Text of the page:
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The Willow Pattern - Robert van Gulik This wasn't my favorite Judge Deebook. I usually don't figure the mysteries out before the judge does, but I had this one pegged early on. There were several murders that needed solving this time, so it should have been difficult to figure these mysteries out. It really wasn't.

I also thought this book had a much heavier element of sexuality than many of the other Judge Dee books. There is often some sexual component to a Judge Dee novel, but I've not noticed such a heavy use of sex in the books up to this point. These books aren't typically odes to feminism, but this time every woman in the story was being used sexually. It just kind of got to the point where I wondered what was going on with [a:Robert van Gulik|243991|Robert van Gulik|http://d202m5krfqbpi5.cloudfront.net/authors/1234309210p2/243991.jpg] at the time he wrote this novel.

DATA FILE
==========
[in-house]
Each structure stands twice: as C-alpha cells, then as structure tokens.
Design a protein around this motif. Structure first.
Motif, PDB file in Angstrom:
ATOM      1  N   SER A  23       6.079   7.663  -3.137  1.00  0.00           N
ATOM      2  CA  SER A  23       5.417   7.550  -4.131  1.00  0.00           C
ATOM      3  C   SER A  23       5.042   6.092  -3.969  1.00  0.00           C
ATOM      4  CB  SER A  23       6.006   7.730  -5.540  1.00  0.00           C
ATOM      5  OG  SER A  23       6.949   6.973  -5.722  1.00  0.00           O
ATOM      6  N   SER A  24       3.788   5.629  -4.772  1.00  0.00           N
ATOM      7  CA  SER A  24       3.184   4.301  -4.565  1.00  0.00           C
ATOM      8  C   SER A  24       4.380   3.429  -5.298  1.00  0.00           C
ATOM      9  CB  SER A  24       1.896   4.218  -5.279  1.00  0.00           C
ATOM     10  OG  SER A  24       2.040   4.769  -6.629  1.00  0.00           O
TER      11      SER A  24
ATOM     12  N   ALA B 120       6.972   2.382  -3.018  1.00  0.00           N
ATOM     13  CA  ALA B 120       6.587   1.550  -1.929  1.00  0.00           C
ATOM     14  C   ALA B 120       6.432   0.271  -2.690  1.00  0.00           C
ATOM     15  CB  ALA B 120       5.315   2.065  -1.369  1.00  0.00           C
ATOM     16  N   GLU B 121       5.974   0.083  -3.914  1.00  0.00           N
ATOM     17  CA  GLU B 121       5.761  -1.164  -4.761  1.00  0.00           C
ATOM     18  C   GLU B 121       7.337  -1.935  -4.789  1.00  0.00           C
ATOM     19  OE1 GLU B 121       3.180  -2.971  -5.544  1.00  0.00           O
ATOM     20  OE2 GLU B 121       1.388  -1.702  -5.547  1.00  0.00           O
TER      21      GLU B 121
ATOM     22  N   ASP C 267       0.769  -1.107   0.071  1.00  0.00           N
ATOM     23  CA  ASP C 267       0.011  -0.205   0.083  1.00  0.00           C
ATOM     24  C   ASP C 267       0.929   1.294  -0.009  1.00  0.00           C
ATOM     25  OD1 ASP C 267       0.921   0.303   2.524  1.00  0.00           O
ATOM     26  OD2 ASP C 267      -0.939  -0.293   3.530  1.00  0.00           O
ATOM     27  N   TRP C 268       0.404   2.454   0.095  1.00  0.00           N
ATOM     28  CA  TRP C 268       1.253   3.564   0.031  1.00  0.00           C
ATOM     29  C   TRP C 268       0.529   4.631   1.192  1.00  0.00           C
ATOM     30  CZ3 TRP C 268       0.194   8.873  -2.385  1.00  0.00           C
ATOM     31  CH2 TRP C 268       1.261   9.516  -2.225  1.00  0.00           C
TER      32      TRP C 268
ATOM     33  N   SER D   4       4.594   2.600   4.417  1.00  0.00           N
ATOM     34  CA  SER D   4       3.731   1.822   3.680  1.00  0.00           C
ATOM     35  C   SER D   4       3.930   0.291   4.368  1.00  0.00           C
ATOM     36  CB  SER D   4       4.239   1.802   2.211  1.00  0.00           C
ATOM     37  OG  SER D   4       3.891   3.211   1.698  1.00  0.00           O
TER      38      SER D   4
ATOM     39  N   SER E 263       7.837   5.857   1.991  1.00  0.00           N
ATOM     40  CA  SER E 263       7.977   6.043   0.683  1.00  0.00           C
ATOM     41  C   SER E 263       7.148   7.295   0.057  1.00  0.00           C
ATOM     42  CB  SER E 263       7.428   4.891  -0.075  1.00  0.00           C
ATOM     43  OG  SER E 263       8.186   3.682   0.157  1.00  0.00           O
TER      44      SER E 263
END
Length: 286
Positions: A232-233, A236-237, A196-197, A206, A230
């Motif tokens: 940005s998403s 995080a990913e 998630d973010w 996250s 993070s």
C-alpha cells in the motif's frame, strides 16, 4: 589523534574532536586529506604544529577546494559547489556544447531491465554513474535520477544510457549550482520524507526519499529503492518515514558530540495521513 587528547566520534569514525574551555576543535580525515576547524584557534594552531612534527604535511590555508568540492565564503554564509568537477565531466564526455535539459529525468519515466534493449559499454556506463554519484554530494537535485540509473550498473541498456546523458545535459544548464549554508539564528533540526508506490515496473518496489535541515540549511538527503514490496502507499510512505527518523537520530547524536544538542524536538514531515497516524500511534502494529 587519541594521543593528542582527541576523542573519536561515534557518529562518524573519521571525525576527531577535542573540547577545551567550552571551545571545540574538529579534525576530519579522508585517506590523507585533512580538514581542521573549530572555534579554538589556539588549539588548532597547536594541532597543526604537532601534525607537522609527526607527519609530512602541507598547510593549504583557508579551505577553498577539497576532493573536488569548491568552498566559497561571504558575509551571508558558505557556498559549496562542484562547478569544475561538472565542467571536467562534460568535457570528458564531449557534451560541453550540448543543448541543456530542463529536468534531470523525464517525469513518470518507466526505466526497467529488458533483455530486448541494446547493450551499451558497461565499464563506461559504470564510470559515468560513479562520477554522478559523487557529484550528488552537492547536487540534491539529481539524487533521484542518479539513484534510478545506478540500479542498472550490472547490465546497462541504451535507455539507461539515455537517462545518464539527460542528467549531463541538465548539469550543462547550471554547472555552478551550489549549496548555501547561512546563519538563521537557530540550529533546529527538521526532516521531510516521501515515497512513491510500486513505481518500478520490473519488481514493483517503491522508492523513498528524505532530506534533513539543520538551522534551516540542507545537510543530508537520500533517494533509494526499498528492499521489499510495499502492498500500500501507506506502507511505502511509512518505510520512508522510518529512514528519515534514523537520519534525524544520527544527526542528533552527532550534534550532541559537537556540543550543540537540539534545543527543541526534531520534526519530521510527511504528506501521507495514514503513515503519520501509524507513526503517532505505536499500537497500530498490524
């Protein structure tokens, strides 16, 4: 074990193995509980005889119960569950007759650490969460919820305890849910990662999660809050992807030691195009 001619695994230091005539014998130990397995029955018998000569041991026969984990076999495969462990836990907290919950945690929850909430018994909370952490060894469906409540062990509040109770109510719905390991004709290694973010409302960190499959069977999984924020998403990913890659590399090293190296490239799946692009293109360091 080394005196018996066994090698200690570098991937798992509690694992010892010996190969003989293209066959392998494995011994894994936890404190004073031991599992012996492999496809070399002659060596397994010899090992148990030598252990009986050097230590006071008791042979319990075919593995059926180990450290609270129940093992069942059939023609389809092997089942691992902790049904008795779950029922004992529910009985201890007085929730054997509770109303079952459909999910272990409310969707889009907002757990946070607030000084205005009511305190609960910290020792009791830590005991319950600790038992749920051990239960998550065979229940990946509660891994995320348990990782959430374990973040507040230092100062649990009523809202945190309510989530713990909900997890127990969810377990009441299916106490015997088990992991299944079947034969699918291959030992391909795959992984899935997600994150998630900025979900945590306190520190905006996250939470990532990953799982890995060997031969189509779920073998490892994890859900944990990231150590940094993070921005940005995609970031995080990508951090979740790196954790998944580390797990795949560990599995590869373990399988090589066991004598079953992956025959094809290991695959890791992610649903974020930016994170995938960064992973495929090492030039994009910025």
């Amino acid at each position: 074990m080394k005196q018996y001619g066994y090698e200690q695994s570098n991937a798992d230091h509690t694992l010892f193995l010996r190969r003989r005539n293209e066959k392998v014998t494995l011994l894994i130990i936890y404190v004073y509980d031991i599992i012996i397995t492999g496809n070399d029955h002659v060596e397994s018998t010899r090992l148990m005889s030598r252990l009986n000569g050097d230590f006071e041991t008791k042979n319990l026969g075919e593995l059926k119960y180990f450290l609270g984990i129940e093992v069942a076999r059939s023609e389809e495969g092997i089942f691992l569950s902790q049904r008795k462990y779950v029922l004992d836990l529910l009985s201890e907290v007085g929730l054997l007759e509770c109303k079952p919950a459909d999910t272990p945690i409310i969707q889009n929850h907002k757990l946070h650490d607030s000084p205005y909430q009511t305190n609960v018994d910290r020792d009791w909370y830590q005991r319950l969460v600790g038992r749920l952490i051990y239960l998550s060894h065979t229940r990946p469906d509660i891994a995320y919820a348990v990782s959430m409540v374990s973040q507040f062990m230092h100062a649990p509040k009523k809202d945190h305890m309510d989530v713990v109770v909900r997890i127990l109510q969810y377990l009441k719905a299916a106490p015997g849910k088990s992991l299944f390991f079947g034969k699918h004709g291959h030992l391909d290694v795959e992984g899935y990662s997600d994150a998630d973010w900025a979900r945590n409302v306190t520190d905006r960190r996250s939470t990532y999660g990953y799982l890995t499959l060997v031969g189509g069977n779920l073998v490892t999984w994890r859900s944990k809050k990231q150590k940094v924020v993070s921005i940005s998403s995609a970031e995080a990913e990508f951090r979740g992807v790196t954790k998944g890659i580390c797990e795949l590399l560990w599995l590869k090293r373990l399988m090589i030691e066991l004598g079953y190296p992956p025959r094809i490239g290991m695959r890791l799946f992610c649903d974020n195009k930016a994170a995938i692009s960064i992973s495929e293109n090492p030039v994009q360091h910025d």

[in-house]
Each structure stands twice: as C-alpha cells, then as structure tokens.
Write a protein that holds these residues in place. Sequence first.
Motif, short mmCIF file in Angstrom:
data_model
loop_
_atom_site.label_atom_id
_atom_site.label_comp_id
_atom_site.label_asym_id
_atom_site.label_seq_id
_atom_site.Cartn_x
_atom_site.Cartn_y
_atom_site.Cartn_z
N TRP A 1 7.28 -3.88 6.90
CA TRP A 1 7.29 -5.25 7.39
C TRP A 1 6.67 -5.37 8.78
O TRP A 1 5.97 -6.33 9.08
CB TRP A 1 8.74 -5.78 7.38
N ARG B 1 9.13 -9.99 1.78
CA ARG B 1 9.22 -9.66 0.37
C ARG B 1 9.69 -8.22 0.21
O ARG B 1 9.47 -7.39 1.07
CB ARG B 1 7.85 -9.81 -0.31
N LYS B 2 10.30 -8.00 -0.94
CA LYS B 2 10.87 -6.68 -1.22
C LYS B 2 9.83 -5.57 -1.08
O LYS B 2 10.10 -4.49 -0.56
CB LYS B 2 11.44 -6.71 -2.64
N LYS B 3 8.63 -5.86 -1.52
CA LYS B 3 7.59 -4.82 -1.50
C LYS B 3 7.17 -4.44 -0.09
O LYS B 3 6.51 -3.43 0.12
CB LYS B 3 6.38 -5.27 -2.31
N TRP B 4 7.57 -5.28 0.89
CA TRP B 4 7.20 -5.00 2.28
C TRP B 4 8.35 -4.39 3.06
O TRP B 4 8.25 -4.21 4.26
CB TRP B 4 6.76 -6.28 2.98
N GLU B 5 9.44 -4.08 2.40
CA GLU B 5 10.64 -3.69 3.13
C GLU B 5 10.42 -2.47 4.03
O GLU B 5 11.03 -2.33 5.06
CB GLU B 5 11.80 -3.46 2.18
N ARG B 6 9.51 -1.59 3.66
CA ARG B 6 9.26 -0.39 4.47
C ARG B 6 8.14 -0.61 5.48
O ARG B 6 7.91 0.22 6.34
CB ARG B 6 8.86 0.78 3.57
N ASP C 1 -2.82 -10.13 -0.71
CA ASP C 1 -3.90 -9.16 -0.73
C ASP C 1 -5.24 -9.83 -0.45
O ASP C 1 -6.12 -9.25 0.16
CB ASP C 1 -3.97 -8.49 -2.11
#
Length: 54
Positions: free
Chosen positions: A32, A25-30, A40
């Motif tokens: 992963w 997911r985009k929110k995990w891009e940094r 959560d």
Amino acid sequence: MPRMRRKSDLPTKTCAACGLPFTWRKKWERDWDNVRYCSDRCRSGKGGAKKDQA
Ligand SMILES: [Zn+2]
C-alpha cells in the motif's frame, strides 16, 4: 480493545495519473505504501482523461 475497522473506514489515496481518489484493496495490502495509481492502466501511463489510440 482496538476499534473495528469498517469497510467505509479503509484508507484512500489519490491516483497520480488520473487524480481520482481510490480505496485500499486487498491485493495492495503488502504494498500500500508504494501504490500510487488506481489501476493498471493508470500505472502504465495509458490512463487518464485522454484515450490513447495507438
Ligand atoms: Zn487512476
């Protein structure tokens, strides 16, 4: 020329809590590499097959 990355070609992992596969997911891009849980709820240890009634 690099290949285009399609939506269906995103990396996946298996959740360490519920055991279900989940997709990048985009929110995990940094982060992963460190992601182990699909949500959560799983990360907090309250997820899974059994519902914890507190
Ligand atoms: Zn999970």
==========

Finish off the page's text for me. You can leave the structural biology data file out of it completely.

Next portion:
I did find the atmosphere to be darker and heavier this time around because Judge Dee's town was suffering from a Black Death epidemic. Van Gulik's decision to set this story against such dark times helped give this series a feeling of the passage of time. Public officials often have careers that span across good times and bad times, and choosing to have Judge Dee presiding at this time emphasized, I thought, the longevity of his career.